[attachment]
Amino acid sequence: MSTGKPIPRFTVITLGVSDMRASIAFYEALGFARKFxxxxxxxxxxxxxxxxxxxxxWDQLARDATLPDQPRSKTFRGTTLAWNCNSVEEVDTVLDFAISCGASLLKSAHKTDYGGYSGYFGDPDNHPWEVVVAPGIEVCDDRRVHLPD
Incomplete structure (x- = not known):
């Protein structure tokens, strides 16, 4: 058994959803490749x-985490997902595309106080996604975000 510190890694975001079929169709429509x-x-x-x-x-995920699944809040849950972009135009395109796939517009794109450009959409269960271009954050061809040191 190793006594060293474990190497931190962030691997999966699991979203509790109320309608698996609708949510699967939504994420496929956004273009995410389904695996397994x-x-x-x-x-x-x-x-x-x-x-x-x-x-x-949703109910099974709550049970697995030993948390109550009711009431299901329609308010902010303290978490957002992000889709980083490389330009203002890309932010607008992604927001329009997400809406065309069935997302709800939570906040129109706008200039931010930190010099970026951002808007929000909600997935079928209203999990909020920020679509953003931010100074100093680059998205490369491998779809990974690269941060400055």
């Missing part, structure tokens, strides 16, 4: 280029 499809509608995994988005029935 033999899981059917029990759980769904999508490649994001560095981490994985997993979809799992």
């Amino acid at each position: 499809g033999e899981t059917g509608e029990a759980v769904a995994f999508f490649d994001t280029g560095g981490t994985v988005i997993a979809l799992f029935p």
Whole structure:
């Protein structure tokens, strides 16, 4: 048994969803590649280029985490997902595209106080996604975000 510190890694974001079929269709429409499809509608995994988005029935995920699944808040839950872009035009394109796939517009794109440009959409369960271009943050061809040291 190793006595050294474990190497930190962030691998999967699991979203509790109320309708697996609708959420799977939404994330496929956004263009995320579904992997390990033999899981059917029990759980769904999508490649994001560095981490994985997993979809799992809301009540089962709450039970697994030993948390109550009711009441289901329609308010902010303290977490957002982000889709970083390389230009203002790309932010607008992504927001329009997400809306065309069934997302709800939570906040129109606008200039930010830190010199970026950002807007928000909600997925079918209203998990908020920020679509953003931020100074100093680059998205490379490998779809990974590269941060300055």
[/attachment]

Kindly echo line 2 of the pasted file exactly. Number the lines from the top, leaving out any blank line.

Incomplete structure (x- = not known):